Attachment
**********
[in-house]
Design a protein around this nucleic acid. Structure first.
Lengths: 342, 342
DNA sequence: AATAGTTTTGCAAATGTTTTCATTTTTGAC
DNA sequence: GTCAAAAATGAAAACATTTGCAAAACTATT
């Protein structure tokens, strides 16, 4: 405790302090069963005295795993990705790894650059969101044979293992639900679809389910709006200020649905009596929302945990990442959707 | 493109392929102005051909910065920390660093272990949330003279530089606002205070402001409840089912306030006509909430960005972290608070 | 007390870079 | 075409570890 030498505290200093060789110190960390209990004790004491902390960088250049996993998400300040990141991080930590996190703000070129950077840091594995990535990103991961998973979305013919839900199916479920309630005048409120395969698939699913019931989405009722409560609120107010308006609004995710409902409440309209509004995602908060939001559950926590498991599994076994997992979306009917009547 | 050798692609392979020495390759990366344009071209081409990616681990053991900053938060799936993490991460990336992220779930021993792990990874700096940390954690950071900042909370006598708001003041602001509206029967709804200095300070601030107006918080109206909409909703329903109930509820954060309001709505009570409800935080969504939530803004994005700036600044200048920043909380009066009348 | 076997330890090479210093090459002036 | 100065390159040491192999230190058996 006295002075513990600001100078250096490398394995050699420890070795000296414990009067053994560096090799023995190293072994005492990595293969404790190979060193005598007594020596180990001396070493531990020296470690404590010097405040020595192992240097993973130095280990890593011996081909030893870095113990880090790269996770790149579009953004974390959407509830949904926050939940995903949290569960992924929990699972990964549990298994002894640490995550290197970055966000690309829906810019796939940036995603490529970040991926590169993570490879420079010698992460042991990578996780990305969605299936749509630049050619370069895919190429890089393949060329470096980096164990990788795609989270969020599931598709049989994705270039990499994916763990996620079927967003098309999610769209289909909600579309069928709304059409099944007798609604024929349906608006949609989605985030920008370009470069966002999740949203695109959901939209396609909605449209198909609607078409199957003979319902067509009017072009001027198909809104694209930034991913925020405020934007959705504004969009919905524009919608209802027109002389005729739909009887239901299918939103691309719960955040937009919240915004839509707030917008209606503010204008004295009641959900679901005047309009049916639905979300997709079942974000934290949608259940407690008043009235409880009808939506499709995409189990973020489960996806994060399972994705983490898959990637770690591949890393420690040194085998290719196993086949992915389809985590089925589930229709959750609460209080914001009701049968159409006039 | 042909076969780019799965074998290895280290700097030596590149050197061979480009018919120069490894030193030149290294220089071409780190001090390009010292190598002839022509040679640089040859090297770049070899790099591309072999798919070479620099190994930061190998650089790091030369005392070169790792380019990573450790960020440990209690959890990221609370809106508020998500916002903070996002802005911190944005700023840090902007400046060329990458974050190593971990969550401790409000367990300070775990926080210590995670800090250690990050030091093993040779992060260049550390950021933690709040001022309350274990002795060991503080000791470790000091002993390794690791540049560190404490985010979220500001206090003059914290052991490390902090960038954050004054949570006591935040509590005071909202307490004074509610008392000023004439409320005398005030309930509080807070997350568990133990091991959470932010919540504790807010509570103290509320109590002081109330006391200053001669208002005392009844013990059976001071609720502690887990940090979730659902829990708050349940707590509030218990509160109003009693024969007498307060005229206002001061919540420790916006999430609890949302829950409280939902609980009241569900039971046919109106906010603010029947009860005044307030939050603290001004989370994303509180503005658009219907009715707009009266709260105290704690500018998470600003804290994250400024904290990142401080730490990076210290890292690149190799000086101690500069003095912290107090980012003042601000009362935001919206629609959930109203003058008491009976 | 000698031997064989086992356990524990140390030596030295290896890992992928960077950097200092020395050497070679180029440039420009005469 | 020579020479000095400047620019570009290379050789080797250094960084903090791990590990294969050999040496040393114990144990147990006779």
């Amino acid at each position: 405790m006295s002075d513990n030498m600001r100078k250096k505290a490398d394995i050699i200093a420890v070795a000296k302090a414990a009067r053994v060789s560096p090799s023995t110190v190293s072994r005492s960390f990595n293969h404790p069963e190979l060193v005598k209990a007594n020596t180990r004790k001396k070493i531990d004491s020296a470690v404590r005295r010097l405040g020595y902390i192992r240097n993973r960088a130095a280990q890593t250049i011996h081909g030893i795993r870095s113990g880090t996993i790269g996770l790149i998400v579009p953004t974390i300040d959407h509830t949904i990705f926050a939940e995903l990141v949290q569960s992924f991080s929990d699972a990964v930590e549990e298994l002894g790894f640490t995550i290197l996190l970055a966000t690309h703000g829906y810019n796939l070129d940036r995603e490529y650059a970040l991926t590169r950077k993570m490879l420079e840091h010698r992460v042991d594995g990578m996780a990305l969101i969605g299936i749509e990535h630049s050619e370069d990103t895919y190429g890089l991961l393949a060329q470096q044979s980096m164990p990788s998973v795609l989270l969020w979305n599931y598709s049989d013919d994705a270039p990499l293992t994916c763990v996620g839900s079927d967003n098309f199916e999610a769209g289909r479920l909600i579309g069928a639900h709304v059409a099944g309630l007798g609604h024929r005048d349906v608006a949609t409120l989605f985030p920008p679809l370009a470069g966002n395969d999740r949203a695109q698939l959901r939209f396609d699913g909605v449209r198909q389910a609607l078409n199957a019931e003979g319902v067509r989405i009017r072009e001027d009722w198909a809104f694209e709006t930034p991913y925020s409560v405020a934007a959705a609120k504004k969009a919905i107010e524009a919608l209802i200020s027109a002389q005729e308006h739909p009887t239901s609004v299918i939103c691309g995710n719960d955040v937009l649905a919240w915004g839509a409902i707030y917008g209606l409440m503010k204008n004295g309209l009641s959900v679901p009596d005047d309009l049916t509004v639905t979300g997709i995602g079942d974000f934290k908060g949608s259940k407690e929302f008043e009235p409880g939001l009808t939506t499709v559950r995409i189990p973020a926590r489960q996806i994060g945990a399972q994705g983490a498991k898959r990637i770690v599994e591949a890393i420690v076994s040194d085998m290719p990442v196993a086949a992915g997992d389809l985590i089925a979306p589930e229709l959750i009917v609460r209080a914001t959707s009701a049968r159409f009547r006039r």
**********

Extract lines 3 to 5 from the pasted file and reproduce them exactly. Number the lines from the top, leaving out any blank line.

Lengths: 342, 342
DNA sequence: AATAGTTTTGCAAATGTTTTCATTTTTGAC
DNA sequence: GTCAAAAATGAAAACATTTGCAAAACTATT